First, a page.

Skip to main content

National College Credit Recommendation Service

Board of Regents  |  University of the State of New York

Search Google Appliance

Yeshivas Toras Moshe | Evaluated Learning Experience

Talmud I (Talmud 101, 201, 301, 401)

Location: 
Toras Moshe, Jerusalem, Israel.
Length: 
195 hours (26 weeks); in addition 734 hours of supervised study.
Dates: 
August 1998 - Present.
Instructional delivery format: 
Traditional classroom model
Learner Outcomes: 

Talmud 101: Upon successful completion of the course, students will be able to: discuss the substance and essence of the talmudic text; apply analytical skills in talmudic explication; follow the dynamics of talmudic argumentation leading to halakhic conclusions and resolutions; focusing primarily on the commentaries of Rashi and Tosafos; and utilize the major medieval, modern, and contemporary commentaries to comprehend the underlying assumptions and consequences of the legal principles implicit in the text. Talmud 201 or 301: In addition to the above outcomes, students will be able to utilize, in a more complete fashion, the full range of commentaries in the understanding of the text. Talmud 401: In addition to the above outcomes, students will be able to analyze the abstract legal concepts implicit in the talmudic text and its commentaries and formulate abstract legal categories based on the talmudic text.

Instruction: 

Talmud 101: Major topics include: preparation of the applicable talmudic texts as well as the major halakhic opinions of various rishonim and acharonim, including Rashi, Tosafos, and the other commentaries as assigned by the instructor. The instructor guides students in understanding the issues raised and helps them deduce and elucidate the crux of these issues. Instruction includes, but is not limited to, discussion of the major relevant halakhic topics. Talmud 201 or 301: In addition to the above outcomes, students are introduced to techniques in advanced conceptualization of talmudic text and commentaries. Talmud 401: In addition to the above, students are  expected to achieve proficiency in techniques of advanced conceptualization of talmudic text and commentaries. NOTE: Students in all four courses study the same course materials. While the scope of instruction is the same, the depth of study and nature of analysis depends upon which course students are enrolled in.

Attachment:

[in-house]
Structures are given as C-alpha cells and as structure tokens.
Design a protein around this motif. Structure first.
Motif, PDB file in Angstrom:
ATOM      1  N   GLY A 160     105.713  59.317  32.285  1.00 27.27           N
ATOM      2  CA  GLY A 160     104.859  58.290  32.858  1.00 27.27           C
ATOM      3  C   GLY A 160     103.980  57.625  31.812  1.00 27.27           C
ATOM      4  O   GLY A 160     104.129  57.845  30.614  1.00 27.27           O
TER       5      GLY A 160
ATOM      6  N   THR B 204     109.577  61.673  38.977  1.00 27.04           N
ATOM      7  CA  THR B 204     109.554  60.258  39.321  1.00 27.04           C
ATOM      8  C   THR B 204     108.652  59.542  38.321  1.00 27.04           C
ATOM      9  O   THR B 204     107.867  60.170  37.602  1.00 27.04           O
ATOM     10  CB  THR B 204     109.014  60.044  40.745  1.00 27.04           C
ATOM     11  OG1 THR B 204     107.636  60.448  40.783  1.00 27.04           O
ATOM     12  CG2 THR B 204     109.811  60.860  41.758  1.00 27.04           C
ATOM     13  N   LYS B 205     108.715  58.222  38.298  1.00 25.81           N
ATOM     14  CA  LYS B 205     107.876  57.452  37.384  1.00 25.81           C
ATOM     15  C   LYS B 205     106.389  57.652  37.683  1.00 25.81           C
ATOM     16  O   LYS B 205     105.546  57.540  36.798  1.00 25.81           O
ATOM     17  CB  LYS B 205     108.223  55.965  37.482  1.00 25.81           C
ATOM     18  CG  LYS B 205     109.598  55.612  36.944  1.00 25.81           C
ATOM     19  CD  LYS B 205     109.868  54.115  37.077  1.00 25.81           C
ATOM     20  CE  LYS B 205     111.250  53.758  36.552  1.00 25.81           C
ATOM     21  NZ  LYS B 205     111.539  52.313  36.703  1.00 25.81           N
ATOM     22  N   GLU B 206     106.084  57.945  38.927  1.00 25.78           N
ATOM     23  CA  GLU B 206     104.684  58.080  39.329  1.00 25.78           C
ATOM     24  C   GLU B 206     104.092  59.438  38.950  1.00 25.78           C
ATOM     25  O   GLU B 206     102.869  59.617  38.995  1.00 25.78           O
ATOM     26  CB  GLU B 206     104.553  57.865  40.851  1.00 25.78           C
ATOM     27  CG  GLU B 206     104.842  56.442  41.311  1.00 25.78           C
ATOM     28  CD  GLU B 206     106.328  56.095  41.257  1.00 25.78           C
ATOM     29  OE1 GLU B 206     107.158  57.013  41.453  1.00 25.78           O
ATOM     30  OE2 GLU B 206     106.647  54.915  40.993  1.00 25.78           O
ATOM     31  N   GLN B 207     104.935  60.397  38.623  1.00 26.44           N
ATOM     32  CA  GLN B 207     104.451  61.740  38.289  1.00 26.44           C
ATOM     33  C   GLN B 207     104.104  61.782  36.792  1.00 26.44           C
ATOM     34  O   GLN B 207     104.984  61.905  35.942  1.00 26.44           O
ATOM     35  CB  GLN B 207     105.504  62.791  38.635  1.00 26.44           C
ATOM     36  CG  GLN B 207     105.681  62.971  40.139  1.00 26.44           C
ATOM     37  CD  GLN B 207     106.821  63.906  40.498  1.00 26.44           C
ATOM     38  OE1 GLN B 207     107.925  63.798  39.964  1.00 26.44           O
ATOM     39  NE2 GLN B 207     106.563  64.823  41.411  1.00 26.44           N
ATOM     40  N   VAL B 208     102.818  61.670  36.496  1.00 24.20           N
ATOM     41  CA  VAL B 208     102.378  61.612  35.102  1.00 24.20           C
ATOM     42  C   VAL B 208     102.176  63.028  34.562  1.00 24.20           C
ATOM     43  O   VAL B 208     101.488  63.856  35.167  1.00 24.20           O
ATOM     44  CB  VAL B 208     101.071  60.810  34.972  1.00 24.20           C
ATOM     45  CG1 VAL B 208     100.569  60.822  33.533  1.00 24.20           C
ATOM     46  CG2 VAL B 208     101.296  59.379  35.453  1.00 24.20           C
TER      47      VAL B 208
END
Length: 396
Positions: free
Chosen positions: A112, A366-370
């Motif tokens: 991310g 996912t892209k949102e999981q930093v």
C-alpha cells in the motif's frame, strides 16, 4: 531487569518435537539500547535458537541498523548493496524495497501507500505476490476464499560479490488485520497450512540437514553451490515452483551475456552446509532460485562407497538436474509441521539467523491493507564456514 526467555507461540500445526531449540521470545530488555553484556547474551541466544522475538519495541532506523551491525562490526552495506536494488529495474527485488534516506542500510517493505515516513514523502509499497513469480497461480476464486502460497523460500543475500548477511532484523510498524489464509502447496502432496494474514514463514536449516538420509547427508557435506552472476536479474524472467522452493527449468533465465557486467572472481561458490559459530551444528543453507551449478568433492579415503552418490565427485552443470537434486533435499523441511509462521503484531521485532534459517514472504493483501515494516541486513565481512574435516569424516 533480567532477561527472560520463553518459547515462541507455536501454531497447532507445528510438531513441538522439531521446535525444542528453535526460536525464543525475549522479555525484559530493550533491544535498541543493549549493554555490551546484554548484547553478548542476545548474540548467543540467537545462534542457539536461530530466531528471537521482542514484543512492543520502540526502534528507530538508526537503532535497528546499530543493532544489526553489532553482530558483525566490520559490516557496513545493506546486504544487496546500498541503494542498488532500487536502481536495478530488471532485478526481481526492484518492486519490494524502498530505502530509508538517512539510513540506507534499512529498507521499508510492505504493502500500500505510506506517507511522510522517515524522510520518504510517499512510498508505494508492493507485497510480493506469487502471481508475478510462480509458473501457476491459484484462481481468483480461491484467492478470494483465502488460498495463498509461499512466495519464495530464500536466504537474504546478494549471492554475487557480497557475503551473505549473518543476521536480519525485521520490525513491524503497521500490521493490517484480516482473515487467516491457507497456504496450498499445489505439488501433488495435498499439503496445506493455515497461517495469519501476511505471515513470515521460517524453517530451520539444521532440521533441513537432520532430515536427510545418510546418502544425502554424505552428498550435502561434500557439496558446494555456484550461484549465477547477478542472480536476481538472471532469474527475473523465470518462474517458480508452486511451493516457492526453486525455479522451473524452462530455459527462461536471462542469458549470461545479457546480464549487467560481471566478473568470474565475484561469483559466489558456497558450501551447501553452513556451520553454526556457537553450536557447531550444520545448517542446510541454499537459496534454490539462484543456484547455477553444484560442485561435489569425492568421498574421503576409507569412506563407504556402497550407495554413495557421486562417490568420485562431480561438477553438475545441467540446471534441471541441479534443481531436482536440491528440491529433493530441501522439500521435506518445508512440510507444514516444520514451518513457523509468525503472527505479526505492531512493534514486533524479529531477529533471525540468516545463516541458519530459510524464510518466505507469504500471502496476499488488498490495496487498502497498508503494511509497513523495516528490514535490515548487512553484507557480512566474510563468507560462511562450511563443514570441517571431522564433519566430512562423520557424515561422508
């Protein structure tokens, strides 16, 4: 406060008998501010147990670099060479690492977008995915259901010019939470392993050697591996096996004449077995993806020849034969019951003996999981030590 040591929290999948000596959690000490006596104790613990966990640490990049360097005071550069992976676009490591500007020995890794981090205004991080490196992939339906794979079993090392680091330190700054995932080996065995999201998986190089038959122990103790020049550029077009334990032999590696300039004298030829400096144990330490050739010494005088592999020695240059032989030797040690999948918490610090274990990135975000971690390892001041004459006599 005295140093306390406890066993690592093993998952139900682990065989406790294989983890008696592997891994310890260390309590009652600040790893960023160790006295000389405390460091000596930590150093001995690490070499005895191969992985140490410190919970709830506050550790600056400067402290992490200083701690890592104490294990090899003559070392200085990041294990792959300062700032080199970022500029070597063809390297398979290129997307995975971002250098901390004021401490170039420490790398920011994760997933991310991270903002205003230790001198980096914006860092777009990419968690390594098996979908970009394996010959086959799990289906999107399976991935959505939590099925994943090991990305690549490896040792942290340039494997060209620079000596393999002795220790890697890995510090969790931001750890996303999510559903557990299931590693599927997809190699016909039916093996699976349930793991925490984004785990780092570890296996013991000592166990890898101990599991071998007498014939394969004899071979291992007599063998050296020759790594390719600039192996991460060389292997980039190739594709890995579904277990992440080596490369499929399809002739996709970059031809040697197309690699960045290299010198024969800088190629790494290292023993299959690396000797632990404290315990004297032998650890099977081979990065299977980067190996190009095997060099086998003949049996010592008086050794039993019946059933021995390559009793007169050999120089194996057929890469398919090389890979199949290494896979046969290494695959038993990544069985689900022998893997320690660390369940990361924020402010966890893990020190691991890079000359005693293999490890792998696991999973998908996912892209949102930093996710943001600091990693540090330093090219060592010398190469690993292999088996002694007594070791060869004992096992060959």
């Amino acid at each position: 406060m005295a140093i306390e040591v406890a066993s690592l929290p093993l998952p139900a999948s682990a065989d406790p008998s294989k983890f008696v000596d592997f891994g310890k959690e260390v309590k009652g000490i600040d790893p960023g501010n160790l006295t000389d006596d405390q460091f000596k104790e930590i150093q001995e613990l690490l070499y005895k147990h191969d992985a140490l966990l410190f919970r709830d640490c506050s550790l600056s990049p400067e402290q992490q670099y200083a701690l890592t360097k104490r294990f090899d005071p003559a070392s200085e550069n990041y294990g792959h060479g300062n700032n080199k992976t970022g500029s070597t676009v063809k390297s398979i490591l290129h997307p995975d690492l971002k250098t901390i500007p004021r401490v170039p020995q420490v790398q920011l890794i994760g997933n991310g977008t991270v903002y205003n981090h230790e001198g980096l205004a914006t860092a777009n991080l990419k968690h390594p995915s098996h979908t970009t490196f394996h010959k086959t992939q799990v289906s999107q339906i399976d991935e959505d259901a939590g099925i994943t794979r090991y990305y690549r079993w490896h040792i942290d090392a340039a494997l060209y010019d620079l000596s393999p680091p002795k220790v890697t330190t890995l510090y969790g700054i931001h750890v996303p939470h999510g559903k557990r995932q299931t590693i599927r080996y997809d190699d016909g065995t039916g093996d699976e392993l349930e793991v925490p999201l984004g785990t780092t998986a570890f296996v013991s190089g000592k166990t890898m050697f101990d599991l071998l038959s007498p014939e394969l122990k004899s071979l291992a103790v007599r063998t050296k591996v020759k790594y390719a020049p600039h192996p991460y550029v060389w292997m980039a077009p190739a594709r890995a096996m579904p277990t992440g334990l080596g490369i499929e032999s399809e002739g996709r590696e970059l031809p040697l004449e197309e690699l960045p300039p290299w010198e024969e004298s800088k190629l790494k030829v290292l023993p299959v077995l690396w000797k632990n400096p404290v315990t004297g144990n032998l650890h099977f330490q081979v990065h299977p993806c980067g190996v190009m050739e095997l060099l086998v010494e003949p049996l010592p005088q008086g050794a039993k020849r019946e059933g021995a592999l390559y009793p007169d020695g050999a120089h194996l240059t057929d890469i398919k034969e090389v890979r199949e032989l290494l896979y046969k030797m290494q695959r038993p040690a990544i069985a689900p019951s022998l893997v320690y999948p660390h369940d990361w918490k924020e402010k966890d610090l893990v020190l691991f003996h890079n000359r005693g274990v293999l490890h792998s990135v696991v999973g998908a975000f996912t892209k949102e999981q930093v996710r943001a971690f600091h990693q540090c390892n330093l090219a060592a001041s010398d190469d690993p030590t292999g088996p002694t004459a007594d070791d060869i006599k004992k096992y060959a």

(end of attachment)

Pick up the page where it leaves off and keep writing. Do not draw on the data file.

Credit recommendation: 

Talmud 101: In the lower division baccalaureate/associate degree category, 12 semester hours in Judaic Studies, Jurisprudence, Near Eastern Studies, or Religion. Talmud 201 or 301: In the upper division baccalaureate degree category, 12 semester hours in Judaic Studies, Jurisprudence, Near Eastern Studies, or Religion. Talmud 401: In the upper division baccalaureate degree category, 12 semester hours in Judaic Studies, Jurisprudence, Near Eastern Studies, or Religion OR in the graduate category, 6 semester hours in Judaic Studies, Jurisprudence, Near Eastern Studies, or Religion (1/00) (3/12 revalidation). NOTE: Talmud 101, 201, 301 and 401 can be repeated multiple times as long as the Chapters are different. For example, Talmud 101 Bava Basra Chapter 1 does not overlap with Talmud 101 Bava Basra Chapter 3; credit can be awarded for Talmud 101, 201, or 301 at the undergraduate degree level and Talmud 401 at the graduate degree level even for the same tractate and chapter.

Top